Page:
At the Oct. 2-6 microTAS 2011 conference, the premier international event for reporting research in microfluidics, nanotechnology and detection technologies for life science and chemistry, University of Cincinnati researchers will present a simple, low-cost, method for separating and safely collecting concentrated volumes of fragile prostate cancer cells.
The research results resolve the critical technical challenge of isolating and collecting fragile cells, specifically rare circulating tumor cells (CTCs) that are present in the blood in very low concentrations - as low as one cell in 100,000.
Normally, the isolation and collection of such cells is complicated and relies on the availability of biological markers on the cells; whereas, the method developed at UC - using inertial microfluidic lab-on-a-chip technology - is simple, relying only on cell size for separation. UC has already obtained a provisional patent for the new inertial microfluidics device and is in the process of obtaining a full patent.
At the Fifteenth International Conference on Miniaturized Systems for Chemistry and Life Sciences (microTAS) to be held Oct. 2-6, in Seattle, Wash., the research will be presented in papers titled "Extraction and Enrichment of Rare Cells in a Simple Inertial Microfluidic Device" and "Sorting Human Prostate Epithelial (HPET) Cells in an Inertial Microfluidic Device."
The first paper is by UC researchers Jian Zhou, engineering doctoral student, Premkumar Vummidi Giridhar, environmental health postdoctoral fellow; Susan Kasper, associate professor of environmental health; and Ian Papautsky, associate professor of engineering and director of both the BioMicroSystems Lab and the Micro/Nano Fabrication Engineering Research Center at UC. The second paper is presented by Nivedita Nivedita, doctoral student in engineering, and by Giridhar, Kasper and Papautsky.
Kasper has been investigating the cancer stem cell properties of HPET cells and began collaborating with Papautsky to characterize prostate cancer stem cells and determine the manner in which these cells survive in the circulation and metastasize to their target organs such as bone. "Prostate cancer cells are a challenge to collect because they appear quite fragile and are present in very small numbers in the blood. If we damage them in the collection process, they are not viable for experimentation and the development of more effective strategies to combat this disease," Kasper adds.
GENERAL BACKGROUND ON INERTIAL MICROFLUIDICS: SPIRAL AND STRAIGHT CHANNELS
UC's work with inertial microfluidics - both spiral and straight channel - is unusual because, up until now, it has proven difficult to separate cells without the introduction of external electric or magnetic forces or using immunoselection.
In spiral-channel lab-on-chips, a sample is introduced at the center of the spiral channel. Before the cells reach the end of the spiral, the cells focus into individual steams and are separated. Papautsky previously developed these chips for separating blood and other cell types at high throughput. Inertial microfluidic lab-on-a-chip devices - whether based on a straight or a spiral channel - take advantage of hydrodynamic (liquid in motion) forces acting on cells or particles within laminar flow (fluid flows in parallel layers). These forces cause cells to equilibrate in streams near channel walls. The equilibrium positions of focused cells are strongly dependent on cell size, as well as flow properties and channel geometry. In spiral microchannels, these inertial forces can be influenced by centrifugal forces, adding additional control over the position of the focused streams of cells.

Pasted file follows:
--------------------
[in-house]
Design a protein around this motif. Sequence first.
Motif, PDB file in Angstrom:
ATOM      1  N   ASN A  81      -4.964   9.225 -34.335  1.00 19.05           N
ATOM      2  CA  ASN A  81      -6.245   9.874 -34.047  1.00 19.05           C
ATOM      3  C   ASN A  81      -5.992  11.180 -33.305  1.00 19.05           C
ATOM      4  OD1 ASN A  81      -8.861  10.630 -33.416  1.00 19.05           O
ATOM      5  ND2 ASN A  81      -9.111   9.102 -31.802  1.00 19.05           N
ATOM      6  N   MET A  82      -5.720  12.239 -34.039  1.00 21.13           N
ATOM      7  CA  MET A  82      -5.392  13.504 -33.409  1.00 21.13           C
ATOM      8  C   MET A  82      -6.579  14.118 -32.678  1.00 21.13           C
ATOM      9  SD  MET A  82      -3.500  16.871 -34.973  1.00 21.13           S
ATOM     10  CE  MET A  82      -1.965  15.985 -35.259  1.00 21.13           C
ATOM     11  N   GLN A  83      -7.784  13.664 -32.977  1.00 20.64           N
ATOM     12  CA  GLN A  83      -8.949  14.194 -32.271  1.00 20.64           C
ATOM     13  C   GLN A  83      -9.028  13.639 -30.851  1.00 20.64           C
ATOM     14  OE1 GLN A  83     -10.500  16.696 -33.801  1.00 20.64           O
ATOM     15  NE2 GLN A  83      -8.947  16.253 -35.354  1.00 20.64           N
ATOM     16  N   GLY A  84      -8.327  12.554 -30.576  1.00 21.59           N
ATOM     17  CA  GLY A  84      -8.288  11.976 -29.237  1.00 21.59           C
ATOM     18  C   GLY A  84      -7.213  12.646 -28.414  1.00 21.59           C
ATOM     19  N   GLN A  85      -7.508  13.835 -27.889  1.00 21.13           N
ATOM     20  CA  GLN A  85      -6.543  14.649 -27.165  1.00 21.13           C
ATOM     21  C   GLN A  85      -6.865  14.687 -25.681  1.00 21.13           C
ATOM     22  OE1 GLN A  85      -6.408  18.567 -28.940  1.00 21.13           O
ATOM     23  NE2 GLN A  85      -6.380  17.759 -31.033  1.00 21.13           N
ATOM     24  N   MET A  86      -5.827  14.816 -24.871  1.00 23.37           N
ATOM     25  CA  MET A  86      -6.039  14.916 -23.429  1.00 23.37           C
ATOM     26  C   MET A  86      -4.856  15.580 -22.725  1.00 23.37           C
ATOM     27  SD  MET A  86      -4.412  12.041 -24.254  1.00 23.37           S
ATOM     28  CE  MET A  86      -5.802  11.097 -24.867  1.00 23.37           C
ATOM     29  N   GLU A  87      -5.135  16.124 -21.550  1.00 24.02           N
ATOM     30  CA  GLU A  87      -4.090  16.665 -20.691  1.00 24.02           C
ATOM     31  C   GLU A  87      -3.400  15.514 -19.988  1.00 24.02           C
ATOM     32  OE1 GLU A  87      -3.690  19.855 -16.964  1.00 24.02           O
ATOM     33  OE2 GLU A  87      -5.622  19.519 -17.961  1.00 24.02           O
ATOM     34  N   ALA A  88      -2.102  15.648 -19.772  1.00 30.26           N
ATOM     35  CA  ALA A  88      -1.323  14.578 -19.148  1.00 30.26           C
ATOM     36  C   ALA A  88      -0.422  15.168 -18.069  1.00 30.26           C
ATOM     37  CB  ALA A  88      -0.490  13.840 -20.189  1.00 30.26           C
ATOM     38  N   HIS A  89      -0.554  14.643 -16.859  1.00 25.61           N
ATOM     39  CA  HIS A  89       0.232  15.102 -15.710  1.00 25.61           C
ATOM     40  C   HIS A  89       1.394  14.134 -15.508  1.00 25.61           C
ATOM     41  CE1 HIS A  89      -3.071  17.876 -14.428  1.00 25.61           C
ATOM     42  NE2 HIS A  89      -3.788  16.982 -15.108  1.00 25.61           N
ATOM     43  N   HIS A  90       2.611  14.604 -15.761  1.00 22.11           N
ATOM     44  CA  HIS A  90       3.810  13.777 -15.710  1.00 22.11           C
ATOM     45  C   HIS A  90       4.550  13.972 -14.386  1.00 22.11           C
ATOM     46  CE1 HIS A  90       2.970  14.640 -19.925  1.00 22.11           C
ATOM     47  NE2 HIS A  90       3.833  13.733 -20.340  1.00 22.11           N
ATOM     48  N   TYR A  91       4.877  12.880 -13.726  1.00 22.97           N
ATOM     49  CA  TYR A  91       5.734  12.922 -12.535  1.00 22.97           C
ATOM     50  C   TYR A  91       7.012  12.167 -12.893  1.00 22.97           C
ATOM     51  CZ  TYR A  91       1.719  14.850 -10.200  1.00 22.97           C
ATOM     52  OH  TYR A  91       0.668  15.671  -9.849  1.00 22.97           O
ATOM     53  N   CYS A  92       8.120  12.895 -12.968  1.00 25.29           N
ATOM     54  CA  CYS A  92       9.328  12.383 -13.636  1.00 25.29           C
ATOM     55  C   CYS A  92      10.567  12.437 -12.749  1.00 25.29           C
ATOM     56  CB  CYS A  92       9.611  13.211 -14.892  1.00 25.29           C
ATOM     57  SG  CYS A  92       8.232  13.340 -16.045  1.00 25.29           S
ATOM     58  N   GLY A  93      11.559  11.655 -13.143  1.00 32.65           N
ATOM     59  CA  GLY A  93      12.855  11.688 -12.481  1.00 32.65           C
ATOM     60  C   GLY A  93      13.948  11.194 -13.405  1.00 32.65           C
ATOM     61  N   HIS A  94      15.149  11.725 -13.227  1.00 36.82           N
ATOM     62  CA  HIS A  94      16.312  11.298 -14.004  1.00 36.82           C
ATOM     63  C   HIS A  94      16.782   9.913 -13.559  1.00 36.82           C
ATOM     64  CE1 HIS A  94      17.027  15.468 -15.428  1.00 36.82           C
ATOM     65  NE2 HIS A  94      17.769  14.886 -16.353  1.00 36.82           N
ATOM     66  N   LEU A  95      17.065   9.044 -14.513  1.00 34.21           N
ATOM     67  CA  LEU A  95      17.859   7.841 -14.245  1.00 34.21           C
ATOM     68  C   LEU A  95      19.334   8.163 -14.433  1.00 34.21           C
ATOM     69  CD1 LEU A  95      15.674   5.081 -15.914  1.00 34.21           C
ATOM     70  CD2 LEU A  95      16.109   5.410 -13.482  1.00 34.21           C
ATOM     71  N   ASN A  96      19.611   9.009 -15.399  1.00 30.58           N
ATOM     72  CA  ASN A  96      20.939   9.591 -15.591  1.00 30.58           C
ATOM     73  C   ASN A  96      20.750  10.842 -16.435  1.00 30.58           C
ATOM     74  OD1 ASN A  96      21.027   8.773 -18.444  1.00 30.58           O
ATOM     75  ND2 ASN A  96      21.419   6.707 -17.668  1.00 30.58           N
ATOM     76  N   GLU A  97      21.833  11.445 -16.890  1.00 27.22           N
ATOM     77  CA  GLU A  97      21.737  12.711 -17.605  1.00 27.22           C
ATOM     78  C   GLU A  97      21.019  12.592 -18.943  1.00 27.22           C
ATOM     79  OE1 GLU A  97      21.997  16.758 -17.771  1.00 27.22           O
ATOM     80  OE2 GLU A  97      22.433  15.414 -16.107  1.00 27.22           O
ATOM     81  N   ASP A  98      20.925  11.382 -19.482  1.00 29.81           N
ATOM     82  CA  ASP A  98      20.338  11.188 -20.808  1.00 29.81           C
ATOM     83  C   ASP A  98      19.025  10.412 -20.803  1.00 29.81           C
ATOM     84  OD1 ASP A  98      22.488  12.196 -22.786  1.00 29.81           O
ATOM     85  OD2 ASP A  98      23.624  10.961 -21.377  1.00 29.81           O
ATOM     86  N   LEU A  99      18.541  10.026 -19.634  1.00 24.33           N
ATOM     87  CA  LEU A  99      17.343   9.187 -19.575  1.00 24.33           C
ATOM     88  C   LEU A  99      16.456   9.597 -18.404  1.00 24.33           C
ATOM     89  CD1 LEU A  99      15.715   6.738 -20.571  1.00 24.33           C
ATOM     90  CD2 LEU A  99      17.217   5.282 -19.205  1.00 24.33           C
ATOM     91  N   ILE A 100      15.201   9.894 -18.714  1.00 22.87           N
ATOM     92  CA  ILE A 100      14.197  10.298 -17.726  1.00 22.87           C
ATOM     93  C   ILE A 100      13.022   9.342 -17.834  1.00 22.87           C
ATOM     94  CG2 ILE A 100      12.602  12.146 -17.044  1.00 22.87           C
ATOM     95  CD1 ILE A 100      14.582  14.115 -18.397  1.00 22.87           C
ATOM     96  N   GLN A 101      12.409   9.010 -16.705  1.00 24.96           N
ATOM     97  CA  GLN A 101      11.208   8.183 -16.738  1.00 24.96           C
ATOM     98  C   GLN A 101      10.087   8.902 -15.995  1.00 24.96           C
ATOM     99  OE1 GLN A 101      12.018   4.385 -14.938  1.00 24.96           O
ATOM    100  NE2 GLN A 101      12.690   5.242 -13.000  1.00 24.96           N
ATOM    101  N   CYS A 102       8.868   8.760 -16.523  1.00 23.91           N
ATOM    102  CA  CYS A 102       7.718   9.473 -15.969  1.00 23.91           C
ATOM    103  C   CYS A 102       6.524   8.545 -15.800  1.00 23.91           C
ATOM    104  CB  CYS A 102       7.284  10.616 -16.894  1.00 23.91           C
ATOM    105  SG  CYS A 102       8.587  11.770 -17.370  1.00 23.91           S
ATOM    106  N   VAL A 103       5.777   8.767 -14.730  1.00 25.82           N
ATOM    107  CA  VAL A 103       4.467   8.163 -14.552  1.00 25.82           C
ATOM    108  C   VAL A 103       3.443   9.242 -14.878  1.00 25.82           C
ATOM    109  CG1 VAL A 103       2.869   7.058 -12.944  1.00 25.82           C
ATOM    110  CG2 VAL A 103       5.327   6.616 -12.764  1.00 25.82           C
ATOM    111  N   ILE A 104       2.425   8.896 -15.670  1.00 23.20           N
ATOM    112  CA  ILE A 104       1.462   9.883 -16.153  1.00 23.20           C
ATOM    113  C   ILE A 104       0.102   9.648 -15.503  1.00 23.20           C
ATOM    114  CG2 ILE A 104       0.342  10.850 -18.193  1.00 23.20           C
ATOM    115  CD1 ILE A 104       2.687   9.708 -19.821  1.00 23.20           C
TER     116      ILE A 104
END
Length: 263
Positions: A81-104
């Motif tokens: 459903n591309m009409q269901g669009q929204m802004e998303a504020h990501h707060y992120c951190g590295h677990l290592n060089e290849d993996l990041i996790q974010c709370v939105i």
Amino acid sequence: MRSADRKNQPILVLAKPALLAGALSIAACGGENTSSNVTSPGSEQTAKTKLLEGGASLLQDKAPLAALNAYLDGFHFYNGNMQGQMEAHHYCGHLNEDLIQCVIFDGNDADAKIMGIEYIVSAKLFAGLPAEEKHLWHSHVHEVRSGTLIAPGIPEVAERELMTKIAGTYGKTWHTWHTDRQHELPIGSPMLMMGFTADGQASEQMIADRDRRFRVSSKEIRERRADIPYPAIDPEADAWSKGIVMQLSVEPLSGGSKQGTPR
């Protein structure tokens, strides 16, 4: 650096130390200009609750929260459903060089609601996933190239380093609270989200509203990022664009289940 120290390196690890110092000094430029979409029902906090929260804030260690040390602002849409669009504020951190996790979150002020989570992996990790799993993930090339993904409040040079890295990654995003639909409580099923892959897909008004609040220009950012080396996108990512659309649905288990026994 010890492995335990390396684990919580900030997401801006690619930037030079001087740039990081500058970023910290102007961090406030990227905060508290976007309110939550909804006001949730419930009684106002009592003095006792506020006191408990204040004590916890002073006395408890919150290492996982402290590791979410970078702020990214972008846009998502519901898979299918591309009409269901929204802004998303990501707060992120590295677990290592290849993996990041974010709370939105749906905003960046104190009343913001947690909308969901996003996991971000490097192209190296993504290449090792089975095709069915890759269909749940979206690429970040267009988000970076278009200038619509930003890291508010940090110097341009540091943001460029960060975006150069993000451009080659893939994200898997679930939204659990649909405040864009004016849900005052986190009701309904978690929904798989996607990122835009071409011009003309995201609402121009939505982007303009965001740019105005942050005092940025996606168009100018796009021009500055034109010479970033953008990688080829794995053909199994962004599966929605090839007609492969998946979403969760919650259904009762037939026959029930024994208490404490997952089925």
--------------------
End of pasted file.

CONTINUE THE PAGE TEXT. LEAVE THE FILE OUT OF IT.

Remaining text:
HOW INERTIAL MICROFLUIDIC CHIPS WORK
However, while successful, spiral chips are not able to separate out cells present in blood in extremely low concentrations, as is the case with prostate cells. This led him to explore inertial chips with straight channel geometries.
In a straight-channel inertial chip, a sample is introduced into a channel (with the diameter of a human hair) by means of a syringe. Before the cells reach the "crossroads" or "expansion" in the channel, lift and shear forces balance and focus cells into distinct groups near the sidewalls. This balance is disrupted at the "expansion" or "crossroads" and the larger cells, prostate cancer cells in this case, experience lateral velocity - in other words, move sideways into the expansions where they are trapped for later use in experimentation.
This straight-channel method can be used to effectively isolate and collect cells and particles with a concentration as low as one cell per milliliter of blood.
According to UC's Papautsky, "The flow rate and channel geometry are critical to the method. We need to get the flow rate right so that the cells will separate out. We want to control the lift and shear forces that stem from the flow rate - enough to cull out and collect the cancer cells but to avoid damaging them."
METHOD HAS BROAD APPLICATIONS TO OTHER CELL TYPES
While UC's experiments with inertial microfluidics focused on separating and concentrating prostate cancer cells, the approach is broadly applicable to other cell types and sizes. Working closely with Kasper, the Papautsky's group has already tested a number of other cell lines in these inertial microfluidic devices, including DU-145 cells (derived from brain metastasis) and LNCaP cells (derived from left supraclavicular lymph node). The simple planar structure of the devices and the passive mechanism of separation make them an easy-to-use tool for cell biologists, and affords integration with existing lab-on-a-chip systems.
Source: University of Cincinnati